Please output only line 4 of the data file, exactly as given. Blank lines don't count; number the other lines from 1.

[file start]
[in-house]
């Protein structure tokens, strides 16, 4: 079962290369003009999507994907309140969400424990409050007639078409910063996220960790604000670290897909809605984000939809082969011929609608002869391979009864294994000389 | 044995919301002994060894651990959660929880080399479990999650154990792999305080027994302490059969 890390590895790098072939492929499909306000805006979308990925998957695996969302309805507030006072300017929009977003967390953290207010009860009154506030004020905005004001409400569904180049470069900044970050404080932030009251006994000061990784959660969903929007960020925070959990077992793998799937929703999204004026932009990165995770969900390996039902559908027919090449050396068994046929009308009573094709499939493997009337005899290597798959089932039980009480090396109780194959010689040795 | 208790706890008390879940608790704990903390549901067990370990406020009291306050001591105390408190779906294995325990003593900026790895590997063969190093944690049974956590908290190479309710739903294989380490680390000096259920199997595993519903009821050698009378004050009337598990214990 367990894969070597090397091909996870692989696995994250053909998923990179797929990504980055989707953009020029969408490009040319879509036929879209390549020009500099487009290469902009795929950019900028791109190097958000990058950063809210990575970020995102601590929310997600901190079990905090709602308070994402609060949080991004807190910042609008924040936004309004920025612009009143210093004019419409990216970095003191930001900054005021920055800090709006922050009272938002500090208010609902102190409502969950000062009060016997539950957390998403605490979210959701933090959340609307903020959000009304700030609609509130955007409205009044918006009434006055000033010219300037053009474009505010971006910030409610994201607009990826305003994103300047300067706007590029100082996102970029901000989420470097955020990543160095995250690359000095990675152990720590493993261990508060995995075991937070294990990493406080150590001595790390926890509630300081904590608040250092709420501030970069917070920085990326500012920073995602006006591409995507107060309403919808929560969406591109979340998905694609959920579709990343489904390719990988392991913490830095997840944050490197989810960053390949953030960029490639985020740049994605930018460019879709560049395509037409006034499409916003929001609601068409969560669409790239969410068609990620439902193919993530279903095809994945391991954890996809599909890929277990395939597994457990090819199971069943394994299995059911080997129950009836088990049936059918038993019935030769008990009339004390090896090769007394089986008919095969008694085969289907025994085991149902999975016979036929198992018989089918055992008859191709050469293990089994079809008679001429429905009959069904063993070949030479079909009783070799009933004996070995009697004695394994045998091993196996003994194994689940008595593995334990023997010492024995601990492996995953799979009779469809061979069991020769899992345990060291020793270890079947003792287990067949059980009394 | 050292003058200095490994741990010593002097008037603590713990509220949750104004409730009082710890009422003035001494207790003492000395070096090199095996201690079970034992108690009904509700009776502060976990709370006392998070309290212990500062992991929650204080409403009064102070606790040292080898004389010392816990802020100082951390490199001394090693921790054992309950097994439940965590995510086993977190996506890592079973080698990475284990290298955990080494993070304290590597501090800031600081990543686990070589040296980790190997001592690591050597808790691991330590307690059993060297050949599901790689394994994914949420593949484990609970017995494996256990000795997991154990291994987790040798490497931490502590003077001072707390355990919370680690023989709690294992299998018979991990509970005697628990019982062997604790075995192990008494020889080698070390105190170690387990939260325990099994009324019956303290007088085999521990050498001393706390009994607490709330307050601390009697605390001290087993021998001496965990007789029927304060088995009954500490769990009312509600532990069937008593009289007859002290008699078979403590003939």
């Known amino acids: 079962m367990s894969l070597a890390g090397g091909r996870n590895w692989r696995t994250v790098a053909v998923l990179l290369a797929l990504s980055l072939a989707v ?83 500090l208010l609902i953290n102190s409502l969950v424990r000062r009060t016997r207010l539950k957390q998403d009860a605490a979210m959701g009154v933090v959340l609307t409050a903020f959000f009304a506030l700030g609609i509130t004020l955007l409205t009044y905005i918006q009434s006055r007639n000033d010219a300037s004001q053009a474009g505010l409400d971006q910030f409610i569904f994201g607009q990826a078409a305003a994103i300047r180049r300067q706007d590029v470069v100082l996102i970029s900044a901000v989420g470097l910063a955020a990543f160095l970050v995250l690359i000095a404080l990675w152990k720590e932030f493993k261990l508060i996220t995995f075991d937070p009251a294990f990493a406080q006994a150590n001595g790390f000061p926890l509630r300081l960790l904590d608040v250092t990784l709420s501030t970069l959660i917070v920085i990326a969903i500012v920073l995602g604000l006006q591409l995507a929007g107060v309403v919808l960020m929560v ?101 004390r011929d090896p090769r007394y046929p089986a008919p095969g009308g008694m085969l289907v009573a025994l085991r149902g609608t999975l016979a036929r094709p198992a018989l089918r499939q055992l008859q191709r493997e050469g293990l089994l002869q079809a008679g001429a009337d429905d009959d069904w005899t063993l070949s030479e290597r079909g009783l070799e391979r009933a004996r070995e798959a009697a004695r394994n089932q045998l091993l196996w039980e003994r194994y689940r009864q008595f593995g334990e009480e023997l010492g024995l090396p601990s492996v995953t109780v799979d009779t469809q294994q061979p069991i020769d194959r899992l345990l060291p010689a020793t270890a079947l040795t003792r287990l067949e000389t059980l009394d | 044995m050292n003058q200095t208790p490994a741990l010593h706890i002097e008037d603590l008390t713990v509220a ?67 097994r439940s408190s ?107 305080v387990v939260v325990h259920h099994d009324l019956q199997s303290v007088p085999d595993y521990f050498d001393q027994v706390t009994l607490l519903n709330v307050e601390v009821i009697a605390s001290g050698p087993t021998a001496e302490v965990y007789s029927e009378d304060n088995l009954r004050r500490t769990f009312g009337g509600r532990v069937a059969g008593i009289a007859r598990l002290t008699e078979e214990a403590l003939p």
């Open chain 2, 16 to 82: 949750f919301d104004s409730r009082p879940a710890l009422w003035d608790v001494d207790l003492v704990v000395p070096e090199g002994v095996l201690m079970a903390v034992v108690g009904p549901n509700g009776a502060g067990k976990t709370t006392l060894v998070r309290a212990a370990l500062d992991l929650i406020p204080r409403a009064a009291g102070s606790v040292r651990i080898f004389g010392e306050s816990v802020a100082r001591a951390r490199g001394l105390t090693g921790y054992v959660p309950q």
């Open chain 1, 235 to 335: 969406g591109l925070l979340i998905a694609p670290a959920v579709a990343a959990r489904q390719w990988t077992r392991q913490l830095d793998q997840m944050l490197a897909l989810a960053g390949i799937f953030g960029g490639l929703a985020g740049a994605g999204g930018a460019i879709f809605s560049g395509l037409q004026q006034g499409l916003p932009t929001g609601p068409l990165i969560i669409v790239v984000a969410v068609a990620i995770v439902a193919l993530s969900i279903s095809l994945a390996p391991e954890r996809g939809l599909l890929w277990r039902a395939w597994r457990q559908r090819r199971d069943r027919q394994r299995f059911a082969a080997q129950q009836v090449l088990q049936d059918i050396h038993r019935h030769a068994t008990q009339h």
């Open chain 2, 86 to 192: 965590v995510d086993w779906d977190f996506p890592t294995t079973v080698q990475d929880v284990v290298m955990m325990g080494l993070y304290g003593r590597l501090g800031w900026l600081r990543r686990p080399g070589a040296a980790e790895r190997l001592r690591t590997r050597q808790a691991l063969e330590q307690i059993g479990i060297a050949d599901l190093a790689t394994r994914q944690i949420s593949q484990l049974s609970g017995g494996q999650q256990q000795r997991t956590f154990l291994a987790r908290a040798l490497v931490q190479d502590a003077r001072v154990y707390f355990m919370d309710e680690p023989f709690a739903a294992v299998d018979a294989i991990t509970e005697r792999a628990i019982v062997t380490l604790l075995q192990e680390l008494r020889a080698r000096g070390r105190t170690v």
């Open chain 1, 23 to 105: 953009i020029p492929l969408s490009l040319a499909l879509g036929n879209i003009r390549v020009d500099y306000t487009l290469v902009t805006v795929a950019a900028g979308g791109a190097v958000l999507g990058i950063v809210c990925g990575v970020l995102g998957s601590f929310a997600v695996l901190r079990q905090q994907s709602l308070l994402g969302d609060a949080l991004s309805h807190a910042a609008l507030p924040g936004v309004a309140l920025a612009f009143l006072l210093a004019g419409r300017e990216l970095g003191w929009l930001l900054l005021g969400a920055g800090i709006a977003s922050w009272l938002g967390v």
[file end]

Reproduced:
């Open chain 2, 16 to 82: 949750f919301d104004s409730r009082p879940a710890l009422w003035d608790v001494d207790l003492v704990v000395p070096e090199g002994v095996l201690m079970a903390v034992v108690g009904p549901n509700g009776a502060g067990k976990t709370t006392l060894v998070r309290a212990a370990l500062d992991l929650i406020p204080r409403a009064a009291g102070s606790v040292r651990i080898f004389g010392e306050s816990v802020a100082r001591a951390r490199g001394l105390t090693g921790y054992v959660p309950q």